Beijing, Tianjin and Hebei take different approaches to beating smog
Despite their different stages of economic development, neighbours Beijing, Tianjin and Hebei share a desire to defeat a common enemy
The governments of Beijing, Tianjin and Hebei province - known also as Jing-Jin-Ji - may have their differences in approach to regional integration, but the one thing not in dispute is the need to tackle the region's chronic air pollution.
With as many as eight of the region's cities usually making the list of China's 10-most polluted places, officials are under mounting political pressure to find a solution.
"Tackling air pollution is a focus of the plan," said Laurence Brahm, chief adviser on environmental economic policy to China's Ministry of Environmental Protection under a European Union dialogue programme on climate change.
After rolling out their own plans to cut emissions - including phasing out polluting industries and replacing dirty coal with cleaner natural gas - the three local governments also agreed that the solution required a concerted joint approach, as pollution pays no respect to administrative boundaries.
A coordinating committee was set up in October to lead the anti-pollution campaign, comprising not only officials from Beijing, Tianjin and Hebei but also from surrounding provinces and several central ministries. Co-chaired by a deputy mayor of Beijing and a deputy minister of environmental protection, the group's main task is to provide joint forecasts on severe smog across the region and coordinate emergency responses when it occurs.
Initial results have been promising. In the first three months of this year, the average concentration of hazardous PM2.5 particulate - the tiny inhalable pollutants considered the most dangerous to human health - dropped by 9.5 per cent in 13 cities in the Jing-Jin-Ji area compared to a year earlier. Levels of the larger PM10 particles dropped by 8.3 per cent.
Hongyi Lai, a professor of political economy at the University of Nottingham's school of contemporary Chinese studies, said President Xi Jinping recognised that the region's environmental problems threatened the sustainable growth of Beijing and wanted to steer the capital on a course of healthy, environmentally friendly development.
"He has tried to overcome the persistent barriers to integration and development of Jing-Jin-Ji by pressuring Beijing to outsource its polluting industries, moving some of its population to nearby satellite cities, and by focusing on clean and high value-added sectors," Lai said.
At a planning meeting attended by central and regional leaders in Beijing in April, Vice-Premier Zhang Gaoli described tackling air pollution as the "breakthrough" target for the region's integration.
But other officials and researchers have lower expectations, saying the vastly different stages of development in the three regions could hamper environmental cooperation.
A research report by the Beijing Municipal Chinese People's Political Consultative Conference, published in March, concluded the demand for clean air due to health concerns was higher among Beijing residents than their neighbours in Tianjin and Hebei, as the capital city was already shifting away from heavy industry towards a service-oriented economy.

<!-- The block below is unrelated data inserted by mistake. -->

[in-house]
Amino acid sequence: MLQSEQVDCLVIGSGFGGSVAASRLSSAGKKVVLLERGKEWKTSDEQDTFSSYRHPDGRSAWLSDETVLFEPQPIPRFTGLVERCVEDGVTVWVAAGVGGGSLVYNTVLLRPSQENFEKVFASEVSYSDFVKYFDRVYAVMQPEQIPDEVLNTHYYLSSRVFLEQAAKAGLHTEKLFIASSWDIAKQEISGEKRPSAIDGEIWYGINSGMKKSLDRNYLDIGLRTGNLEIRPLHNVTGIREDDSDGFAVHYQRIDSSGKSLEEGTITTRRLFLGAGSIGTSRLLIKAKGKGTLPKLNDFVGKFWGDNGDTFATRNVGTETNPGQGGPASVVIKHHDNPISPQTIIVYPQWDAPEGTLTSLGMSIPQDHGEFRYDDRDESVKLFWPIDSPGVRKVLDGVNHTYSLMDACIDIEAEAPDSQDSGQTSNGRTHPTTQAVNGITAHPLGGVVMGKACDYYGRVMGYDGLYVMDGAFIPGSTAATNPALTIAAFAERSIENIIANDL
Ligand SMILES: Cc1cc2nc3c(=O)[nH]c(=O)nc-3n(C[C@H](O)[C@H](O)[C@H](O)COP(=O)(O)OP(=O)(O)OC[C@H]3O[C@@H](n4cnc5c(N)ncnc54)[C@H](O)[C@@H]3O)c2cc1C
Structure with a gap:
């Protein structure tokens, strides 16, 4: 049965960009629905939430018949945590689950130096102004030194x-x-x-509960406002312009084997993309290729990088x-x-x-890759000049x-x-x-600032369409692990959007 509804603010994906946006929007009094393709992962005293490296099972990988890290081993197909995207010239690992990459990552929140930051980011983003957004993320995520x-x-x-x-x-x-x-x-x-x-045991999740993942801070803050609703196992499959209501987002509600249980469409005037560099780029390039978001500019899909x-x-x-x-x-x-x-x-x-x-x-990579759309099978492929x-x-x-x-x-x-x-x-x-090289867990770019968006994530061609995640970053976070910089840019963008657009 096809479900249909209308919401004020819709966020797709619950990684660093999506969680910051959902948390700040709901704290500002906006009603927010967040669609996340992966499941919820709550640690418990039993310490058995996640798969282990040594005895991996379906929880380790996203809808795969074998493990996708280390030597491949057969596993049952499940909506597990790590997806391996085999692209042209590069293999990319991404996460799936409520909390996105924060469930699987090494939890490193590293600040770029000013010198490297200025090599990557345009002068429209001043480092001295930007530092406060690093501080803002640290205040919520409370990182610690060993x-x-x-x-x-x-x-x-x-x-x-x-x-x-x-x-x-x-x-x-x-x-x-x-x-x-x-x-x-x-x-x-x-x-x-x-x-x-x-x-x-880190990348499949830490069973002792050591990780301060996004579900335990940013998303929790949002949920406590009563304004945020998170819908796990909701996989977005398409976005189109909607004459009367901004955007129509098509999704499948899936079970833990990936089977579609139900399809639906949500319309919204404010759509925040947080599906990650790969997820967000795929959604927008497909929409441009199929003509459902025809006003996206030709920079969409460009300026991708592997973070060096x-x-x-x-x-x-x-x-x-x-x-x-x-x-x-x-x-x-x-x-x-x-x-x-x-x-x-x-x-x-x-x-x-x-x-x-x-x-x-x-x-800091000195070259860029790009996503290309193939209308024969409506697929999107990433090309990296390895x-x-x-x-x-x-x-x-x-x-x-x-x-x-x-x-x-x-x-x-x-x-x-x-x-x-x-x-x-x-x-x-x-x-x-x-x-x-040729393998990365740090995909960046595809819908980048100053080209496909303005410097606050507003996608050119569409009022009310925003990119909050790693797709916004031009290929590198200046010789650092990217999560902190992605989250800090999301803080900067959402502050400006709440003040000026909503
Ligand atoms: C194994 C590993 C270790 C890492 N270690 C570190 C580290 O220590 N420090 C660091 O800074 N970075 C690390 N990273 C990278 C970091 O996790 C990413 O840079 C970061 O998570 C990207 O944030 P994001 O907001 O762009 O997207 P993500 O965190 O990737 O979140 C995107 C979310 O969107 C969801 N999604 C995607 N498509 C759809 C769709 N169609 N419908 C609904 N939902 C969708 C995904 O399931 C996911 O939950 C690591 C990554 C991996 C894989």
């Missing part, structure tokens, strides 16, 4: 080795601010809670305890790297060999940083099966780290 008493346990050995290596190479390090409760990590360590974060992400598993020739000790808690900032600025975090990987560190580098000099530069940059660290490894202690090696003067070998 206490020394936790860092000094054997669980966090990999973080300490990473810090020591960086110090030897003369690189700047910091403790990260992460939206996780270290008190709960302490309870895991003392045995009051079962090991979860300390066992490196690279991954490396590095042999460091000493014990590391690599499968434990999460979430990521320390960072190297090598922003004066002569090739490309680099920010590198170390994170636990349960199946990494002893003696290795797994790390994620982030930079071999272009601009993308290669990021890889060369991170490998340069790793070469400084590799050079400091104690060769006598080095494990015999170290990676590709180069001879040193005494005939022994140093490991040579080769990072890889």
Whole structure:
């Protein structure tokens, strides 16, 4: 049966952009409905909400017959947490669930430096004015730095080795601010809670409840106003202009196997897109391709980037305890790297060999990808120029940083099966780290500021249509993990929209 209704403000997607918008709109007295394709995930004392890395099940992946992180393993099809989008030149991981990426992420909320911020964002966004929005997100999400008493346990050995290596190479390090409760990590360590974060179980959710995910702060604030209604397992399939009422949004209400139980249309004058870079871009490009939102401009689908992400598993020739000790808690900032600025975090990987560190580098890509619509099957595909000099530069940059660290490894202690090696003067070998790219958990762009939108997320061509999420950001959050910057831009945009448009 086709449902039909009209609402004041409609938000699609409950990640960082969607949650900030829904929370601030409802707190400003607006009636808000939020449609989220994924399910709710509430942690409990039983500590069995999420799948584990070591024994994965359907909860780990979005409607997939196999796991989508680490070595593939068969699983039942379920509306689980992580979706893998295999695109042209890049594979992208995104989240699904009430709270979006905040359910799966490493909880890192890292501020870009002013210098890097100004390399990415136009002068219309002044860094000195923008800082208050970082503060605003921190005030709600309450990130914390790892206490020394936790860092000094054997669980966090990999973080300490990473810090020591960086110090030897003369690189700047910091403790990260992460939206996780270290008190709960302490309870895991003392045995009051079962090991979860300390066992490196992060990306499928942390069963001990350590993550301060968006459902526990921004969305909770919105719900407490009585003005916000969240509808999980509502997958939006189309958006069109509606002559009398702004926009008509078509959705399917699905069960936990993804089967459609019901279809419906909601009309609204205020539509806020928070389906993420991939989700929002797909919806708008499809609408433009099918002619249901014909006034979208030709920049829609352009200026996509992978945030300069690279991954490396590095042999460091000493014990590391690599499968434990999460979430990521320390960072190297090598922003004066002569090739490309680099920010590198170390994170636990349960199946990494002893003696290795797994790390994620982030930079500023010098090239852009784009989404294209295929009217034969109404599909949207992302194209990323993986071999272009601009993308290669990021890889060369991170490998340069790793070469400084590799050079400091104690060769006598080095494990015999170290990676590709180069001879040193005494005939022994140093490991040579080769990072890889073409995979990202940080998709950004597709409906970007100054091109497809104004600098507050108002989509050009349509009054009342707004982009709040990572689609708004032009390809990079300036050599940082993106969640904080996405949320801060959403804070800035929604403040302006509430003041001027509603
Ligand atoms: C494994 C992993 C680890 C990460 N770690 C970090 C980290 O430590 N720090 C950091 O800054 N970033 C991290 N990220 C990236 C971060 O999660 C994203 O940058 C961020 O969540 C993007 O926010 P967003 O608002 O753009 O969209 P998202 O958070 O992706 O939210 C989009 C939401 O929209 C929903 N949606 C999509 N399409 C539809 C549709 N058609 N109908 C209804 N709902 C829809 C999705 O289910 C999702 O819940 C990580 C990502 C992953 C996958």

Beijing has long blamed nearby provinces for its worsening smog. According to the capital's environmental bureau, about 25 per cent of air pollution is carried by wind from nearby cities, in particular Baoding , Langfang and Tangshan . Official monitors say the biggest source of Beijing's air pollution still comes from outside the city, beating local vehicle emissions, coal burning and industrial plants combined.
Tianjin and Hebei, still in the process of industrialisation, have focused on energy intensive and heavily polluting industries, such as iron and steel, cement and petrochemicals, making a coordinated attack on pollution more difficult, the report said.
For now, the central government was addressing the pollution issue by moving factories further away from Beijing and Tianjin into Hebei province, Brahm said. "This is not a long-term solution," he said.
The disparate states of development in the region made it hard to implement universal pollution controls, officials said.
For example, while Beijing had adopted stringent pollution standards for cars and factories that were on par with developed nations, the same could not be asked of less-developed cities in Hebei, said Li Lixin, of the regional coordination committee on air pollution control .
"Only four of the most prosperous cities in Hebei are covered by the special emission limits … poorer cities like Hengshui and Xingtai , two of the most polluted cities in the mainland, are still exempt," Li said.
Zhuang Zhidong, a deputy director of Beijing's environment bureau, said coordinating pollution reduction efforts in the Beijing-Tianjin-Hebei region turned out to be much more difficult than in other mature urban clusters such as the Yangtze and Pearl River deltas, which have enjoyed much more balanced growth.
Additional reporting by Cary Huang